Homily by the Rev. Paul Hocking, January 19, 2020

Year A, Second Sunday after Epiphany

From the moment of creation we are called—called by God—both to be, and to do!

The “being” part is called “life.” The “to do” part, a vocation. It can be the tricky part for most, if not all of us; Yes? Who am I really? What is God calling me to be and to do in life?

Fittingly, the Prophet Isaiah (in our first reading) lays out this confused plot for us:

The Lord called me (even) before I was born .... He made my mouth like a sharp sword—(then) in the shadow of his hand he hid me! ... He made me a polished arrow—(then) in his quiver he hid me away! ...

He said to me, “You are my servant ... in whom I will be glorified.” But I said, “I have labored in vain...!”

God replied: “(Maybe the task I gave you) is too light a thing ... (here’s a greater task:) I will give you as a light to (all) the nations ... It is the Holy one of Israel, who has chosen you!”

Poor stumbling Isaiah; indeed, poor any of us—hearing and heeding God's call!

I am minded of Psalm 139, the words:

Where can I go from your spirit? ... or where can I flee from you presence? If I ascend to heaven you are there ... If I make my bed in Sheol you are there (also). ... If I say, “Surely the darkness shall cover me and the light around me become night,” even the darkness is not dark to you; the night is as bright as the day.

When it comes to vocation—to a calling from God—I am also minded of the Francis Thompson poem, “The Hound of Heaven;” his opening words:

I fled Him, down the nights and down the days; I fled Him, down the arches of the years; I fled Him, down the labyrinthine ways Of my own mind; and in the mist of tears I hid from Him …

Isn’t life fun? Or should I say, challenging?

The calling of St. Andrew and St. John, by James Tissot (1836-1892). Brooklyn Museum

In our second reading, this morning, from his first letter to the church at Corinth, Saint Paul casts a different light on this equation of being and doing.

The Corinthians are not yet aware that God’s personal practices are strange, and that knowing your weakness is often the qualification that God chiefly looks for in his followers. But Paul is going to do his best to tell them and to show them.

He starts out cautiously, with well-judged praise, almost flattery. But even that is laced through with phrases that should make the Corinthians pause.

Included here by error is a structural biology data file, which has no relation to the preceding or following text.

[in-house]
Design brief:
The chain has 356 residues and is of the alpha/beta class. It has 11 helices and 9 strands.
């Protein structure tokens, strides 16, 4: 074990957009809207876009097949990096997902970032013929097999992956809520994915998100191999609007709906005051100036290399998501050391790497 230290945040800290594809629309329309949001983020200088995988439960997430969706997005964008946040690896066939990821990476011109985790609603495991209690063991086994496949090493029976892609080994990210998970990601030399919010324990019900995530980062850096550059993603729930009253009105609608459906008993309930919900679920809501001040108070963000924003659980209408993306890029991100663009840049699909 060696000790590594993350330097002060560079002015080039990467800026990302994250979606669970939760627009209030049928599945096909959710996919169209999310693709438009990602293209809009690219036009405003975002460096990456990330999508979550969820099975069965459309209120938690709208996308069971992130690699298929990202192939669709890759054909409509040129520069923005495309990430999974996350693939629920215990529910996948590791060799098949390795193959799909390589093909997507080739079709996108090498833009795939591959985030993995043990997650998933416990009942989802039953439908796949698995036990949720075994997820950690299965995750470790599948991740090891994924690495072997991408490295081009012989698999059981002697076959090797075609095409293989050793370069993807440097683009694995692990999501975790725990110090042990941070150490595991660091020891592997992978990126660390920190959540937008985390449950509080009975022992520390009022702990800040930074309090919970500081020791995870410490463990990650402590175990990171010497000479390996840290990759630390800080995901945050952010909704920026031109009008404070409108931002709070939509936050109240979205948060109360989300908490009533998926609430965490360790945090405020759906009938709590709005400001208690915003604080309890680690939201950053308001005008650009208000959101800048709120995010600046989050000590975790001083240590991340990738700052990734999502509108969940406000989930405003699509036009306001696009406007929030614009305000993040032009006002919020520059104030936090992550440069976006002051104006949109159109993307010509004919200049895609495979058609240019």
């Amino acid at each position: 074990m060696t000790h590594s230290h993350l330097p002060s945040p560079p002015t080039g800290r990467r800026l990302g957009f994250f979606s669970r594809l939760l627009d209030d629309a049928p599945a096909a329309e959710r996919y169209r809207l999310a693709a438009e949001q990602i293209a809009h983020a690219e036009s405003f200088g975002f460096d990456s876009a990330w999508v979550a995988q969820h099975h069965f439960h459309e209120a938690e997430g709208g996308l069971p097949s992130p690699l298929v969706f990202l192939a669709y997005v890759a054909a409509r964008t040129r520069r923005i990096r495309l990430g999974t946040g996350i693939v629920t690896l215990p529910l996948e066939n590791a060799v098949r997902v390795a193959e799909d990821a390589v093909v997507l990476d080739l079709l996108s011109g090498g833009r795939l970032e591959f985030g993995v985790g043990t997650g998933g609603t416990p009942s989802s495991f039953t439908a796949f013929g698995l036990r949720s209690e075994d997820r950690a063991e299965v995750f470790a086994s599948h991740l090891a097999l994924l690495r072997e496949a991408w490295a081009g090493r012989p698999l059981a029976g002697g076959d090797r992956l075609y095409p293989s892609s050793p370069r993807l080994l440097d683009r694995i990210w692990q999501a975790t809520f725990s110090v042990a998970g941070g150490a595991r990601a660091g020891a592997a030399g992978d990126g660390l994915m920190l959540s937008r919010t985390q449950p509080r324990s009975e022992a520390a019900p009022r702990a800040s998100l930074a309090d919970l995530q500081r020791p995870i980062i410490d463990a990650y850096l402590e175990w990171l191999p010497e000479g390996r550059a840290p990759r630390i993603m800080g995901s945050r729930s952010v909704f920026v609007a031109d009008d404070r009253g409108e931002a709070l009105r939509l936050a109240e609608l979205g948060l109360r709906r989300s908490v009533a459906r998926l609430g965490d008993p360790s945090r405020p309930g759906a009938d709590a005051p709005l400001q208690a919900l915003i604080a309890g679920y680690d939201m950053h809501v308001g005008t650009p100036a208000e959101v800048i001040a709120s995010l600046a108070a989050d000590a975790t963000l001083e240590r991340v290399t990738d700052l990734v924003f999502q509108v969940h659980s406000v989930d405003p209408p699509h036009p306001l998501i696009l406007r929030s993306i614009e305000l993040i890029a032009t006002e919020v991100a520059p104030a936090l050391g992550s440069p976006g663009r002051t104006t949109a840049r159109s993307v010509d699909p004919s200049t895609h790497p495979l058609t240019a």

Paul tells them that they are called to be saints, but so are thousands of others who call on the name of Jesus, even today.

The Corinthians might have thought they were special in this, but they are not. Anyone who calls on Jesus is their equal in many ways.

He acknowledges that they are, indeed, a very impressive bunch; acknowledges they are doing brilliantly in their public witness, at least when it involves exciting speeches.

But then he overlays his praise with a new fact: that their lives are perhaps not quite so highly thought of at all; that they are inclined to put their trust in themselves, rather than in the loving power of God; even in each other as called together, in Christ, to be his “body”—to be his witnesses.

Paul will “drop (his) second shoe” on them—so to speak—next week. Stay tuned!

One of the big differences between the prophet who speaks in Isaiah, and the Corinthian Christians, is the number of people who share in God’s calling.

The prophet experiences loneliness and misunderstanding, and his task seems often a solitary one. But Christians are called to be witnesses together, and to learn from each other as well as from God.

At the center of all this is Jesus—the Christ—“the heart of the matter,” as detailed in this morning’s Gospel reading. We will come to this shortly; but the beginning of that understanding starts with each of us as individuals.

“Being” and “doing” as God has called us—yes, a sometimes tricky and confusing matter! We do all have a story to tell, and I firmly believe we should share it. But—please note—it isn't, for the most part, about ordained ministry in the Church! Where does one begin?

For several years of my wayward youth (“wayward”, my words, note) we lived on lower Columbus Avenue, in New Haven. It was at the bottom of the road below Liberty Street, at the corner of Lafayette; a neighborhood that—alas—no longer exists.

You know the sort, though—typical of its time: grocery stores, restaurants, and other shops, at the ground level and usually two floors of apartments above them.

It was like this all the way up the road, on both sides. In effect, we faced each other across a canyon filled with fast moving traffic—a “no go” area when it came to “playing out” (in the days when being able to play out was the norm)!

This “playing out,” however, meant either a long trek up to the neighborhood playground; which seemed—back then—to be miles away, or just going around the corner to the next road to one of your mates. That “road” was one level lower than our road, with no shops whatsoever.

If you were brave ... or foolish ... or crafty ... or all three, as I thought I was then, you learned the shortcuts. You simply dashed through one of those archways between the shops to their backs. There, you soon learned, that ground level on our road was the garage-roof level of the road behind.

And, if you were as tall and skinny as I was then—no exaggeration—you simply “hang-dropped” into the backyard of your mate’s house below. Magic!

Doing this in reverse, of course, was not so easy; it was downright dangerous and stupid ... but not too dangerous for the likes of me when being chased, even in fun ... that is, until I realized—from our back windows upstairs—that Mom could see me doing it! Oh dear!